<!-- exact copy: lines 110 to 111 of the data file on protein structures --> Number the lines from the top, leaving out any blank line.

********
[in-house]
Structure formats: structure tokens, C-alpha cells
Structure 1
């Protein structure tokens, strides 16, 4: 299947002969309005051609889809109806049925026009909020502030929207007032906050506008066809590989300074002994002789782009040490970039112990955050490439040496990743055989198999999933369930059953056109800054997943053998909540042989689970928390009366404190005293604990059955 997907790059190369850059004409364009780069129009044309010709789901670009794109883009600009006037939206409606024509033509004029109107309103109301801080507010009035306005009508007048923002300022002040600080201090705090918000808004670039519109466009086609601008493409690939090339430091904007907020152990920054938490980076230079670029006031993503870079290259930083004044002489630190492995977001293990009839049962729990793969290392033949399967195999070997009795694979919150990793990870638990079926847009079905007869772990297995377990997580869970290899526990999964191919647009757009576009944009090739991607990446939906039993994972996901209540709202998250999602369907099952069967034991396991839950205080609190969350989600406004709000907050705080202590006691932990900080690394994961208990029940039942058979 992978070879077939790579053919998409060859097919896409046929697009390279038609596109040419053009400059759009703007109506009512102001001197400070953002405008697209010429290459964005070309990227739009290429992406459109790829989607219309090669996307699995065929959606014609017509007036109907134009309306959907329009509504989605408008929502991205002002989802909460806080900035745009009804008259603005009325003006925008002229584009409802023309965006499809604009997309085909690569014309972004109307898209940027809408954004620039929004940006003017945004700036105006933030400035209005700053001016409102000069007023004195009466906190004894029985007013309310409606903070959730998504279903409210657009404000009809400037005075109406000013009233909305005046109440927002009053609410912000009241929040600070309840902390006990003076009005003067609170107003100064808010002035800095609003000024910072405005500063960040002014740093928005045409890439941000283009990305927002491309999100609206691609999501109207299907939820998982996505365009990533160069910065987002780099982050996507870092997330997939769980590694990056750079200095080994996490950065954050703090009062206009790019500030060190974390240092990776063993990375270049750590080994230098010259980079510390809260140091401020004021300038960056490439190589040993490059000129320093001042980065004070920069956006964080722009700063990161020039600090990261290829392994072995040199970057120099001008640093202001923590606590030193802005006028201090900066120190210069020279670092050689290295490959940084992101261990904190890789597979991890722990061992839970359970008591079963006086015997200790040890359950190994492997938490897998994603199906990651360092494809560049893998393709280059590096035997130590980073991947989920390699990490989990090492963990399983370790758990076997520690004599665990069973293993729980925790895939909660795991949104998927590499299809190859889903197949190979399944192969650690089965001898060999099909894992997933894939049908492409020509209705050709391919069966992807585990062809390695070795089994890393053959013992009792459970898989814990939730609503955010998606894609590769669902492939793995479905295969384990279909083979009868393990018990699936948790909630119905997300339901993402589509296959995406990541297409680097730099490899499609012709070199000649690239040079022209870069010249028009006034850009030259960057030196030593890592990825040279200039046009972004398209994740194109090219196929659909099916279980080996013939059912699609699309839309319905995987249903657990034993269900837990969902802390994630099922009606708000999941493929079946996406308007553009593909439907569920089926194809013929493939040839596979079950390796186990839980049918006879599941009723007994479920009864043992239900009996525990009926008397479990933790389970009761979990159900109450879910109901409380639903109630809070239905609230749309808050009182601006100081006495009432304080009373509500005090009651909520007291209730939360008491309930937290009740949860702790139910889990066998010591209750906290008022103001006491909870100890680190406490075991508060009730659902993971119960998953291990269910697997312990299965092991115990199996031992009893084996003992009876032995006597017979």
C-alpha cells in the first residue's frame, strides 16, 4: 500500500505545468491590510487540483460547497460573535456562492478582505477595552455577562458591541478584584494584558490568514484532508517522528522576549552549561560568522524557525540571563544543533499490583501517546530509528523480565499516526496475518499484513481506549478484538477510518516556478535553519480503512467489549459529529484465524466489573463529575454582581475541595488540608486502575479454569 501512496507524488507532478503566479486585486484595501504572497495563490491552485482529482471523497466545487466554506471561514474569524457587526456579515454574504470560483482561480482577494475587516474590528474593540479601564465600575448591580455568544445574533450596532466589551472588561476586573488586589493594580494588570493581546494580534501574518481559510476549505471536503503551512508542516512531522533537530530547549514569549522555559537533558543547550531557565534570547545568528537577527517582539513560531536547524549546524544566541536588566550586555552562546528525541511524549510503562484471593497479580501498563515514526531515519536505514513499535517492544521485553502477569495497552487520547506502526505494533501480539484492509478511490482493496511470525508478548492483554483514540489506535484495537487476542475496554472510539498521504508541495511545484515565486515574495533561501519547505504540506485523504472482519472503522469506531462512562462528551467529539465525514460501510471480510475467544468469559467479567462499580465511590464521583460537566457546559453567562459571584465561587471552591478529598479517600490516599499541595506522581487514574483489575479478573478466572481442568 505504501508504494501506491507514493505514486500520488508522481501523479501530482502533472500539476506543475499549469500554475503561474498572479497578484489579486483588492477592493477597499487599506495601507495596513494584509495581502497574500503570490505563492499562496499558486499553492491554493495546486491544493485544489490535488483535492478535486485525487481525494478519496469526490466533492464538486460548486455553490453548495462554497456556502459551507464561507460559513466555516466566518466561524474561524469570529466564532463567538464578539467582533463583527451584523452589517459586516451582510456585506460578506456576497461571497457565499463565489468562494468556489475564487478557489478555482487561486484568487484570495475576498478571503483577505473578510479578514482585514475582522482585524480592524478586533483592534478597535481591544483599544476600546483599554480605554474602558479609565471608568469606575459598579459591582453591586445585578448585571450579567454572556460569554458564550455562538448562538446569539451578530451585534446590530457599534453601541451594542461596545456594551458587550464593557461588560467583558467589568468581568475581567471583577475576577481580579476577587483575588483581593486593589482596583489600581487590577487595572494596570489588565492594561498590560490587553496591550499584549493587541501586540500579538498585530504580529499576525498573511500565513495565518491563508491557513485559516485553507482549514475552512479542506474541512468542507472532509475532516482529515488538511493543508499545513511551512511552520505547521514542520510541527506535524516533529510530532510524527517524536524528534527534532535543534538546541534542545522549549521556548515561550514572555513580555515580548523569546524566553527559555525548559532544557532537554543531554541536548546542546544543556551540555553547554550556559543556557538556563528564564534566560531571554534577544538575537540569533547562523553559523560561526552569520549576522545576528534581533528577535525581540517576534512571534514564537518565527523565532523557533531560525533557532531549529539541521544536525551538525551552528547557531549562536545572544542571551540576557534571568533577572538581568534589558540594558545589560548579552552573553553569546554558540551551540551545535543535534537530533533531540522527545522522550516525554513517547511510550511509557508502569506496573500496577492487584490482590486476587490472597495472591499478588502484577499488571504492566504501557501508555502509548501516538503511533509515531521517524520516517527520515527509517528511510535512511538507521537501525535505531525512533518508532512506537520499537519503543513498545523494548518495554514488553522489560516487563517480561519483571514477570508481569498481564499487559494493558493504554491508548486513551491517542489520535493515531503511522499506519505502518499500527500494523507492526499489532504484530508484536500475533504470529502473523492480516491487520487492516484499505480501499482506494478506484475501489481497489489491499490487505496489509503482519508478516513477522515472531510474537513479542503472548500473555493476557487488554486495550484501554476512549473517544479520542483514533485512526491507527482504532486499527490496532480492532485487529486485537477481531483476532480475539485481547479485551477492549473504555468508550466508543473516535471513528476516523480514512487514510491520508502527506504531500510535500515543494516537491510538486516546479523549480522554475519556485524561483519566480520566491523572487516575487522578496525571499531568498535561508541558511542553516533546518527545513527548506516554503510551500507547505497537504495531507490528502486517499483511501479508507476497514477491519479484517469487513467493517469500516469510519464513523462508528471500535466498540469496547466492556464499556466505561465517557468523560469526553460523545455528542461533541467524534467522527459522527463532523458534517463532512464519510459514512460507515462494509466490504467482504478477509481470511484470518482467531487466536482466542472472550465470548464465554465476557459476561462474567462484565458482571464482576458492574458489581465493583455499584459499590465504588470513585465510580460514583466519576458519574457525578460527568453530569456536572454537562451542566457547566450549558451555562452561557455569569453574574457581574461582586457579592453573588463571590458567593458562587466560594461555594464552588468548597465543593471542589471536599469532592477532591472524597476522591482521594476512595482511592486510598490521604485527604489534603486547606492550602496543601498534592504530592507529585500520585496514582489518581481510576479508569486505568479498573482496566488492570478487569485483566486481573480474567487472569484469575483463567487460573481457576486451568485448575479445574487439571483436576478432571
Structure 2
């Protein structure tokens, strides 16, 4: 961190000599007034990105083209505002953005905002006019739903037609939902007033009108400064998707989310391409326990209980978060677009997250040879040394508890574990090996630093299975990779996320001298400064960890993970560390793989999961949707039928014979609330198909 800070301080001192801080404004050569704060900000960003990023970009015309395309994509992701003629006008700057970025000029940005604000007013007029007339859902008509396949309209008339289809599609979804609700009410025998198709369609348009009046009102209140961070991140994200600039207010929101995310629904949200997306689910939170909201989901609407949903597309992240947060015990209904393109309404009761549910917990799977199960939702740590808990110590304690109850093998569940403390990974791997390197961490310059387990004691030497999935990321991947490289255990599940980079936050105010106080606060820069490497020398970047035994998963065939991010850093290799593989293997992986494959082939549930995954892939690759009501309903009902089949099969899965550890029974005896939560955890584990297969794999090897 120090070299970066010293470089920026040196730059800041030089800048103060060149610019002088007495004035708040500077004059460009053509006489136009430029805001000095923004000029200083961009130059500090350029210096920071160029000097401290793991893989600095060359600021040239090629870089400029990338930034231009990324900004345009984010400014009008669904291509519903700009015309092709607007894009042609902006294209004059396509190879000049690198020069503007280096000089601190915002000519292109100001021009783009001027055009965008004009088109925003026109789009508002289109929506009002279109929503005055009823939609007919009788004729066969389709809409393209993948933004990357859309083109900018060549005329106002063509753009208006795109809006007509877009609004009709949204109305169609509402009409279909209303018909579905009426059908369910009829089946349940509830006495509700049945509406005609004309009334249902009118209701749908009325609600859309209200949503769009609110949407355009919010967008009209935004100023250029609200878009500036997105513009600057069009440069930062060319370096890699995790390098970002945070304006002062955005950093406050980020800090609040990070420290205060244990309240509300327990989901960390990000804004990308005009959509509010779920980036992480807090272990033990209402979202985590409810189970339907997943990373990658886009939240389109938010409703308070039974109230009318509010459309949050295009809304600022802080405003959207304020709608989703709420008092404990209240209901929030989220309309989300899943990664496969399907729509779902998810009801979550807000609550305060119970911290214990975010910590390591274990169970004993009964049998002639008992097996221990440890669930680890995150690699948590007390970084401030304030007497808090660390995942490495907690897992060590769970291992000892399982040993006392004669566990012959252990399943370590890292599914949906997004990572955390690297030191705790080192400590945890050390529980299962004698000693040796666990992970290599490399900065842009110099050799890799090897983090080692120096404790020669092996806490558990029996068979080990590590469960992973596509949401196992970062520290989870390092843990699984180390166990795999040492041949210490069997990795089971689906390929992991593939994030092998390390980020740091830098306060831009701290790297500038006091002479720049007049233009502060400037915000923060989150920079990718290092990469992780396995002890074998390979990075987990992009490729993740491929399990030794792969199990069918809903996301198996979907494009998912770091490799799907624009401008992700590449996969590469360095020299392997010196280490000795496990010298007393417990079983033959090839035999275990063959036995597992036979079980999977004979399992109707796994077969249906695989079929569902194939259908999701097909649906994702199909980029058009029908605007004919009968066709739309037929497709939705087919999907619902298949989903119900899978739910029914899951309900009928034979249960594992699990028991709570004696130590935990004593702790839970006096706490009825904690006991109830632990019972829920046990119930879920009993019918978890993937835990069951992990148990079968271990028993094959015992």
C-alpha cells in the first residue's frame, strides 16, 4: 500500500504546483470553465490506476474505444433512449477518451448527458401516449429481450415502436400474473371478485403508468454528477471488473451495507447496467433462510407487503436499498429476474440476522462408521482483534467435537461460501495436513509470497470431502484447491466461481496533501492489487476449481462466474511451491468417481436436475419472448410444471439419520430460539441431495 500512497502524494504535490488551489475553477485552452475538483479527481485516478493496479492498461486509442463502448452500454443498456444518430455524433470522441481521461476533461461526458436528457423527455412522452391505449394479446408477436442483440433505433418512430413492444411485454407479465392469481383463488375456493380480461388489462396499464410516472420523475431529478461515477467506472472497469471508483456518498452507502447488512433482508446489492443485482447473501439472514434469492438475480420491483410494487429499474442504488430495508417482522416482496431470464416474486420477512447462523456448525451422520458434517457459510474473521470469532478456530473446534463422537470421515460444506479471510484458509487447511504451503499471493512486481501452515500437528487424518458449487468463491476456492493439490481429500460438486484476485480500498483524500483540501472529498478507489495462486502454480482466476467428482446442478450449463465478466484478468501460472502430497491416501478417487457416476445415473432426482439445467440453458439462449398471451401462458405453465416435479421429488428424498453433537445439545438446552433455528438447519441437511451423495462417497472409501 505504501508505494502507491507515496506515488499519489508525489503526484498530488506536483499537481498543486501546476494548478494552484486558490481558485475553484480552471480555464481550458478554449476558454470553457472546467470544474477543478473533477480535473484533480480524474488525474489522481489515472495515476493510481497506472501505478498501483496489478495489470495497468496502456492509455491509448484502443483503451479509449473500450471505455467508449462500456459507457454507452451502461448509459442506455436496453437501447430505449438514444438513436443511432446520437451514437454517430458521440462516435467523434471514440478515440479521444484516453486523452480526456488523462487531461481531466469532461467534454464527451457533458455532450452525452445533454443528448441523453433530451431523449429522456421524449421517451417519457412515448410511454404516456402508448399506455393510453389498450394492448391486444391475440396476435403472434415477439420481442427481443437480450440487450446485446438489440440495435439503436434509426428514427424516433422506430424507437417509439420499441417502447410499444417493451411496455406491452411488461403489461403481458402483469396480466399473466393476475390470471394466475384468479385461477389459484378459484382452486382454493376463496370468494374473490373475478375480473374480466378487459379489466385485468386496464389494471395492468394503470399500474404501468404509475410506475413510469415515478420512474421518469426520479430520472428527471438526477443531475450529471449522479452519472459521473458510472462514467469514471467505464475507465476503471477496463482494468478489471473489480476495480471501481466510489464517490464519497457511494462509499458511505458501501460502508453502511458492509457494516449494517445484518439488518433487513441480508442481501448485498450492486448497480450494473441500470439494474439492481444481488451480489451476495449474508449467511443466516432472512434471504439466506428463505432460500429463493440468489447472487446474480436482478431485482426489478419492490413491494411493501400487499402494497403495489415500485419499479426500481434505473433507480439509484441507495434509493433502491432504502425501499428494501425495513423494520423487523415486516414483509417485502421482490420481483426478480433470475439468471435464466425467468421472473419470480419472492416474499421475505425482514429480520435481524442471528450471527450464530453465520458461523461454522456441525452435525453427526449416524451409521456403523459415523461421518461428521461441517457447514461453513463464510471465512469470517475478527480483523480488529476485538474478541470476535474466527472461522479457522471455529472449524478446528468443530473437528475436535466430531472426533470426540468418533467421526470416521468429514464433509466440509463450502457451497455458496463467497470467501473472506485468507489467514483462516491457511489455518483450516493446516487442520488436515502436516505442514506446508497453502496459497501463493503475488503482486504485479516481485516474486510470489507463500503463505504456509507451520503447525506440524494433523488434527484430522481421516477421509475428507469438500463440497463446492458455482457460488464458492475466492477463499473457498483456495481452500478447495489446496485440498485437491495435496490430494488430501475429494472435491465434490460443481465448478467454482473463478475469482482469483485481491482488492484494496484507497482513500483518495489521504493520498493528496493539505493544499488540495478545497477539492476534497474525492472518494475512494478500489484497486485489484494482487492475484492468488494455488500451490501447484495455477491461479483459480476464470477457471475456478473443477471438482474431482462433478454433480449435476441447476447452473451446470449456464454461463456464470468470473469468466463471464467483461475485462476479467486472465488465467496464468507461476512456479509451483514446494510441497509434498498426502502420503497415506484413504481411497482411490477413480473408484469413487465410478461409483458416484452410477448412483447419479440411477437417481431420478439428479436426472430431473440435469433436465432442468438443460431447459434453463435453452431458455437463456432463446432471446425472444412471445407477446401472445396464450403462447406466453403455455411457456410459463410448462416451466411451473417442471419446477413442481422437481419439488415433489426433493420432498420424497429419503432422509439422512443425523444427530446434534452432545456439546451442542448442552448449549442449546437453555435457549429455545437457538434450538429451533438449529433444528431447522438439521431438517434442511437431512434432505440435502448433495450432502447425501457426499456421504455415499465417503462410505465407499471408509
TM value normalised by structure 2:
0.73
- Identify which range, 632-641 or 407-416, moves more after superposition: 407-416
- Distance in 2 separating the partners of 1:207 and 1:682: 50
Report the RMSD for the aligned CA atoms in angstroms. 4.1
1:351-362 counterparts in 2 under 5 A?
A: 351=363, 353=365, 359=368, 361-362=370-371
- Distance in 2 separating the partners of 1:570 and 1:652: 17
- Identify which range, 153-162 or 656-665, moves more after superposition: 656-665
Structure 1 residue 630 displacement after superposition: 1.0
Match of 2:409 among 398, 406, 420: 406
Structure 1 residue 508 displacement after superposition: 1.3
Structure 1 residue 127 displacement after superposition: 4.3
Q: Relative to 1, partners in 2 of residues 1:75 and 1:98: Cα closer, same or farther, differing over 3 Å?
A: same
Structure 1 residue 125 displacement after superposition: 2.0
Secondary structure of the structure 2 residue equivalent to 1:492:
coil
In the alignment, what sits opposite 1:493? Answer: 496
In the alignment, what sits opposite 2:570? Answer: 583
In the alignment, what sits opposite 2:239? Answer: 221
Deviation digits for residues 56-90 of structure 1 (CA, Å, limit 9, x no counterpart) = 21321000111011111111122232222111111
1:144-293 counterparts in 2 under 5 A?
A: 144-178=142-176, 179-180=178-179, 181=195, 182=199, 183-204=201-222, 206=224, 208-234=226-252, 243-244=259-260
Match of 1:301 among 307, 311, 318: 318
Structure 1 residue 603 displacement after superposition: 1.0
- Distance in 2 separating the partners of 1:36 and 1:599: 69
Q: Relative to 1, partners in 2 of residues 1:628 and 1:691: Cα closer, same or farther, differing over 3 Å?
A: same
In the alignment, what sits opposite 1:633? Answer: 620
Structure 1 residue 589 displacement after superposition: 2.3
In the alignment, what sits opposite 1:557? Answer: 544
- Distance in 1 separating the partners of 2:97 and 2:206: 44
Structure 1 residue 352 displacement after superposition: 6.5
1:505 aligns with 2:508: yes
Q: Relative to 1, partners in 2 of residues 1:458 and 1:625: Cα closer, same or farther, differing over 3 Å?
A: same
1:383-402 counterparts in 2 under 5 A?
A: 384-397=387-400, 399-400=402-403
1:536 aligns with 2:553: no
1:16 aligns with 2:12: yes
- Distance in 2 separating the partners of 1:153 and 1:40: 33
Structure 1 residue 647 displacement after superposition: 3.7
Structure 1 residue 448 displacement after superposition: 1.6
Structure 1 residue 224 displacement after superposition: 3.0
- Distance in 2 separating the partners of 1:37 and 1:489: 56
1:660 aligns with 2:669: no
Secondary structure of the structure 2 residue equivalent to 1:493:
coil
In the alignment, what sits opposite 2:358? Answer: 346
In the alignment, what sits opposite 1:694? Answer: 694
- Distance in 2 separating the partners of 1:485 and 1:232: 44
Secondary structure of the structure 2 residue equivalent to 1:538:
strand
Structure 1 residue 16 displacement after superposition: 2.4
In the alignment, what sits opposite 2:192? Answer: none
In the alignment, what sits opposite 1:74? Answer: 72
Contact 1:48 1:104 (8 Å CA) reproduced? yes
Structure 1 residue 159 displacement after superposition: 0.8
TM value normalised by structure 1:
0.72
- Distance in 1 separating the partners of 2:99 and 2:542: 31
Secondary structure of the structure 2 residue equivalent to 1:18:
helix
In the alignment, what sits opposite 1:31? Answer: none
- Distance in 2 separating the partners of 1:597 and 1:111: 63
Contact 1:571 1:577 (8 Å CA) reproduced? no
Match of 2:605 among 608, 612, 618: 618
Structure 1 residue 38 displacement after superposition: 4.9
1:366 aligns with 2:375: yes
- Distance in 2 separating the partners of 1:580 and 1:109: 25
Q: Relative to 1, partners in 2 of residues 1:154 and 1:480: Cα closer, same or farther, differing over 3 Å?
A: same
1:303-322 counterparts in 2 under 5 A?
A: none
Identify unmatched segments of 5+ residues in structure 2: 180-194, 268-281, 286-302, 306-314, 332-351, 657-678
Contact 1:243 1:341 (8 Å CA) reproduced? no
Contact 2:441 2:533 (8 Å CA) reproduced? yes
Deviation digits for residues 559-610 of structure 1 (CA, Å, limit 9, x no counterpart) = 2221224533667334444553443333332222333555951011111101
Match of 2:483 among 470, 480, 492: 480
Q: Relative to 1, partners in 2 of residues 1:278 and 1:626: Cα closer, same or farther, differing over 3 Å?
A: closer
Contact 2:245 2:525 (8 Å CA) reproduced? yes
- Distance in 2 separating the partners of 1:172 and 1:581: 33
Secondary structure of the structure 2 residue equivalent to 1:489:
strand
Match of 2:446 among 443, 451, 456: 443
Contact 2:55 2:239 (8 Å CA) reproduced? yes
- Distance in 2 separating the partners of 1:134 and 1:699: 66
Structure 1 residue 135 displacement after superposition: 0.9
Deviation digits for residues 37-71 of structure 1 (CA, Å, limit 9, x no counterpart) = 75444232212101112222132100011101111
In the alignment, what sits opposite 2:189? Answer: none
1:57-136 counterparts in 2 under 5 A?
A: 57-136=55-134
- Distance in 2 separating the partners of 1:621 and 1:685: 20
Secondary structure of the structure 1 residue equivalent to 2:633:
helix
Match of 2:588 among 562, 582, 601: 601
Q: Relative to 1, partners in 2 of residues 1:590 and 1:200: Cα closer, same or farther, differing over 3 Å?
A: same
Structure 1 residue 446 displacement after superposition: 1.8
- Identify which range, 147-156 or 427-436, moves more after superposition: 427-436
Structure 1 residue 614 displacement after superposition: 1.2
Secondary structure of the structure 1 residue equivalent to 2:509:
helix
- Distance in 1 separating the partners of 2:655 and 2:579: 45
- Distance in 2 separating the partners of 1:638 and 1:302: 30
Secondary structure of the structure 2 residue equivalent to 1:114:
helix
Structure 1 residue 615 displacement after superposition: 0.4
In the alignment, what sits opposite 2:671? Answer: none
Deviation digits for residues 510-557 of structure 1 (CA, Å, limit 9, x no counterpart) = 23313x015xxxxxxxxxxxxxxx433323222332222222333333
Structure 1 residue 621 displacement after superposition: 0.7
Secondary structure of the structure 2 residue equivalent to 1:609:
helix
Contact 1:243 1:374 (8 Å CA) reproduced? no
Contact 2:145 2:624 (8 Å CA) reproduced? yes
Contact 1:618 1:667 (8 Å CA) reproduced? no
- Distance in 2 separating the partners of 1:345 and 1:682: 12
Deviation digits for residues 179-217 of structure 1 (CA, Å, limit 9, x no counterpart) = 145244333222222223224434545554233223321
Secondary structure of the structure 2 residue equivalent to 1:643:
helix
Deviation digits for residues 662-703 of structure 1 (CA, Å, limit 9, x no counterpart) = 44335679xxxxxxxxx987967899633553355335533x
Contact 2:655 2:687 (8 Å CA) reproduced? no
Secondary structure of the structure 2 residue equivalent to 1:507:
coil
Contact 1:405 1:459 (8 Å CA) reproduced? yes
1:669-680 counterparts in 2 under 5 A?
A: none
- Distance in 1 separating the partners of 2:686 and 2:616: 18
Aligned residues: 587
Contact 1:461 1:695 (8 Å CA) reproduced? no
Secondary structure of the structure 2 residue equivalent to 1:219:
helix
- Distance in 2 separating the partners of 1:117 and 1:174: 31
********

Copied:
- Identify which range, 147-156 or 427-436, moves more after superposition: 427-436
Structure 1 residue 614 displacement after superposition: 1.2